What’s on the Horizon for AWS Standards

December 2023

New technology and improved processes are enhancing these publications.

Standards are the invisible building blocks of society. They guide the design, procedures, and safety protocols behind many significant aspects of civilization, from the bridges and roads we traverse to the cars we drive to the buildings we inhabit and far more.

According to the International Organization for Standardization (ISO), “a standard is a document, established by a consensus of subject matter experts and approved by a recognized body, that provides guidance on the design, use, or performance of materials, products, processes, services, systems, or persons” (Ref. 1).

AWS standards are codes and specifications that can be applied to different welding processes and procedures. AWS currently has more than 200 active standards spanning seven different focuses: fundamentals, qualification and inspection, processes, industrial applications, safety and health, materials, and welding equipment. AWS standards bring uniformity across all platforms, providing engineers, fabricators, welders, and others with the specifications needed to develop welding procedures, qualify welders, and inspect the welds produced. Upholding these publications are committees and their volunteer members, who work under American National Standards Institute (ANSI) rules to develop and revise standards.

“AWS Standards are consensus-based documents following an open process to ensure all individuals who participate have their and their company’s voices heard. Our standards are widely used and are foundational to both AWS Certification and AWS Educational offerings,” said Peter Portela, director, standards product development, AWS.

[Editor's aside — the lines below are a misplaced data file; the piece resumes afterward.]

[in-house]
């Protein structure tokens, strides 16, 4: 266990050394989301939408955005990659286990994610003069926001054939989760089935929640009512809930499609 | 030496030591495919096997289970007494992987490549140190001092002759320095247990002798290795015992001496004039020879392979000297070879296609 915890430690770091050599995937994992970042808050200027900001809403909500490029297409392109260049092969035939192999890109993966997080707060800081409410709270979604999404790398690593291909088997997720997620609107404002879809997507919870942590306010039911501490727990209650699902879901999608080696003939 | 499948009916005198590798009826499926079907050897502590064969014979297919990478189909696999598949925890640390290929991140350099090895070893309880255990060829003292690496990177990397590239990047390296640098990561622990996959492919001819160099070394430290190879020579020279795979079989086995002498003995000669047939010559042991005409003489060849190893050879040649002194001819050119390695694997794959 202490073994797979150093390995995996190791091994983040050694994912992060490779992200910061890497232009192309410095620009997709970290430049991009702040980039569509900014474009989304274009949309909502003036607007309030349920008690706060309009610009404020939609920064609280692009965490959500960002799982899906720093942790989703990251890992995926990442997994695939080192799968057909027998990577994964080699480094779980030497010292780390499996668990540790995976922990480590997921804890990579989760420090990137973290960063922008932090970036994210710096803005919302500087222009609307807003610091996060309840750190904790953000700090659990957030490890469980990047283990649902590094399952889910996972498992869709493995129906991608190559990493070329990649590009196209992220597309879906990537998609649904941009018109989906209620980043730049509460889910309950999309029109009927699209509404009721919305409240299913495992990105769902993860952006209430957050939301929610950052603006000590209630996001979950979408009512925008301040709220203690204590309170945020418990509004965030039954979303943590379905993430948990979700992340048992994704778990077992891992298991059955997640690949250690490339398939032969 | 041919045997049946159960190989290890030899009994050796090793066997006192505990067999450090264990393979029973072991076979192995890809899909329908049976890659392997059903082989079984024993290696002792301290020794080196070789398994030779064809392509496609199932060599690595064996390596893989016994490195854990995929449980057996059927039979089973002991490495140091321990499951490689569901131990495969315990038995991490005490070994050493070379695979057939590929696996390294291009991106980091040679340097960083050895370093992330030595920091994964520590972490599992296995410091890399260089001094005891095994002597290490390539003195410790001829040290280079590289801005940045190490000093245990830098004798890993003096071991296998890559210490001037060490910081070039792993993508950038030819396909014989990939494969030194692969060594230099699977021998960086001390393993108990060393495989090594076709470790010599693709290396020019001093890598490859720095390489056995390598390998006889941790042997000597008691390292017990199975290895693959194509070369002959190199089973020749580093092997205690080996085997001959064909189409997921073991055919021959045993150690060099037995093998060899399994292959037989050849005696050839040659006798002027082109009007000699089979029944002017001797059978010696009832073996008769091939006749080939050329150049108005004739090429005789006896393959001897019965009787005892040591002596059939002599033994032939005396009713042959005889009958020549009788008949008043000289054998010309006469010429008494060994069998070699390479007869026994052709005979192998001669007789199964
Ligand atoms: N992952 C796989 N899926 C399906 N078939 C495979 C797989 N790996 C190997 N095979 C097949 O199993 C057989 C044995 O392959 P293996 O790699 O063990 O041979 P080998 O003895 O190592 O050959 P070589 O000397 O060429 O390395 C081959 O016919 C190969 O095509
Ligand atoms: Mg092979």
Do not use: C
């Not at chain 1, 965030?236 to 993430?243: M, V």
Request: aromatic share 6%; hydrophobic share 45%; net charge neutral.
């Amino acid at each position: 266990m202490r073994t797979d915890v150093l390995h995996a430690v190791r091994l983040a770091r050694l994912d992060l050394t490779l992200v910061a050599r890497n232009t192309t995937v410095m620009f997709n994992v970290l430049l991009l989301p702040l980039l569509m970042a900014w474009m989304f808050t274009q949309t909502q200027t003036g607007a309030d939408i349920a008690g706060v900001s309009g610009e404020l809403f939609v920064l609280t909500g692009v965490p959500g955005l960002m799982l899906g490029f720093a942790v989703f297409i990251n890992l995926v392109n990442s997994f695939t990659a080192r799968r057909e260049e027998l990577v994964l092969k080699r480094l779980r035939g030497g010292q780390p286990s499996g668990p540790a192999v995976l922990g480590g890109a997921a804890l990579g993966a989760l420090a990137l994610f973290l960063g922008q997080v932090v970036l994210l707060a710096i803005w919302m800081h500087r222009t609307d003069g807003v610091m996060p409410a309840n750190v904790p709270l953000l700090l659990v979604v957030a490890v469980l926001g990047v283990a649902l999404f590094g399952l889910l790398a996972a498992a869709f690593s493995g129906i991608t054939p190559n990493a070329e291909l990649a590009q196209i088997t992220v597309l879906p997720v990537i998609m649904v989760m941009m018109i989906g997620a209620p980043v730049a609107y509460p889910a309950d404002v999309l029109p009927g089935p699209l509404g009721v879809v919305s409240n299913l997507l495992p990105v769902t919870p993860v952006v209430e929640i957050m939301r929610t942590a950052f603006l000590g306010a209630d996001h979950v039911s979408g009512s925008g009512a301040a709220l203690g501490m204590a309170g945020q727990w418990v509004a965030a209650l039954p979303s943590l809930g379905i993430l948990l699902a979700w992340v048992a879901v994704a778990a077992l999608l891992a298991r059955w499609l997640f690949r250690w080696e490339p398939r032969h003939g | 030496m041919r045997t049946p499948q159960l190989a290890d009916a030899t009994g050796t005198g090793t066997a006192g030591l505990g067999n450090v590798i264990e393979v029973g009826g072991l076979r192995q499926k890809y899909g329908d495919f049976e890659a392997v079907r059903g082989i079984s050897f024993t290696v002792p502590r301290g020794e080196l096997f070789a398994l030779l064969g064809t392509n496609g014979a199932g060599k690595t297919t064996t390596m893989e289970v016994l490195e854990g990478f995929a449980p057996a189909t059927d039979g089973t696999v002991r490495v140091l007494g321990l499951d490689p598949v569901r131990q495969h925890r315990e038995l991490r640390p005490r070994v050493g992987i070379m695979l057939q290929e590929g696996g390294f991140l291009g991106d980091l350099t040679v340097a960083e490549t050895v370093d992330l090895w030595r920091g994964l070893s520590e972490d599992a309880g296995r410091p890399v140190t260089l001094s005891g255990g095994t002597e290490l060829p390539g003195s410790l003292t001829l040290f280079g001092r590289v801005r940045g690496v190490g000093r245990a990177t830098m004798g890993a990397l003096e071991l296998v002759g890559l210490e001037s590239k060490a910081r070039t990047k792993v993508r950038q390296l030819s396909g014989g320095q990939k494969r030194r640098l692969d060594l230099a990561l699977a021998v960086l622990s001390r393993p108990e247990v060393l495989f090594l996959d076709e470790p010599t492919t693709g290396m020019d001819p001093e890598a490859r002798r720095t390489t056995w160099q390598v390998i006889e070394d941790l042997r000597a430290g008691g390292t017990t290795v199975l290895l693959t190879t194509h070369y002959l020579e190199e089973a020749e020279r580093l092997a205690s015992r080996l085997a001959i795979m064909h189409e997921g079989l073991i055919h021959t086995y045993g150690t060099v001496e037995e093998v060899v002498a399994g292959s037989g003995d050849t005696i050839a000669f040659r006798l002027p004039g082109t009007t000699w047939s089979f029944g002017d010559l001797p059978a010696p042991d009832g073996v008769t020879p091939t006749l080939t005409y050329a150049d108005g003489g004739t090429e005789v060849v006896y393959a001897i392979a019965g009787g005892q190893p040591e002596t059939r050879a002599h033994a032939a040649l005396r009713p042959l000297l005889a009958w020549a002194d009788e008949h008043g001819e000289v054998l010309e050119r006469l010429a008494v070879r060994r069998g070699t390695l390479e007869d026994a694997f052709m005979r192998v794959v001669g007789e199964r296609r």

Because standards are so tightly woven into society, when society evolves, so must standards. Technological advances and artificial intelligence (AI) have become zeitgeists of the times, and the future of standards reflects this. Here’s what you can expect to see in the near and distant future.

Then and Now

The first incarnations of AWS standards were Bulletin No. 1, Standards for Testing Welds, and Bulletin No. 2, Welding Wire Specifications and Folios, both noted in the January 1922 issue of the Proceedings of the American Welding Society — the first issue of what would eventually become the Welding Journal. In 1928, the Code for Fusion Welding and Gas Cutting in Building Construction was published. It was the predecessor to AWS D1.1, Structural Welding Code — Steel. Since then, AWS has produced more than 400 standards, with one the most recent being D20.1, Specification for Fabrication of Metal Components using Additive Manufacturing.

A significant change to AWS standards development occurred in 2010, when the organization switched to a five-year revision cycle. This was meant to sync with American Institute of Steel Construction (AISC) steel building specifications and International Building Code publications as well as give committees more time to perform revisions.

WD Dec 23 - What’s on the Horizon for AWS Standards
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The Code for Fusion Welding and Gas Cutting in Building Construction (left), published in 1928, was the predecessor to AWS D1.1, Structural Welding Code — Steel. The former was originally only eight pages, while the latter is now more than 600 pages.


ANSI dictates that AWS standards must be revised, reaffirmed, or withdrawn every ten years. During the revision process, committee members can submit their suggestions via ballots, which are official committee reviews of a standard. The comments are then reviewed by the committee, and a decision is made to incorporate the change or not. In 2020, Standards development evolved again when AWS launched SpecBuilder, the committee balloting software and a file sharing system, as part of a digital transformation. This software replaced the Online Committee System and the previous manual balloting process and helped streamline the process.

The Future for AWS Standards


Because committees are the backbone of standards, AWS is focusing on enhancing the volunteer experience through process improvement. Implementing new technology has been a critical factor in increasing engagement. For example, committee meetings are now hybrid, which improves attendance and outreach. Meetings have always been open to the public, but now they are easier to find with the online AWS calendar at aws.org/Community-and-Events/Calendar (aws.org/Community-and-Events/Calendar).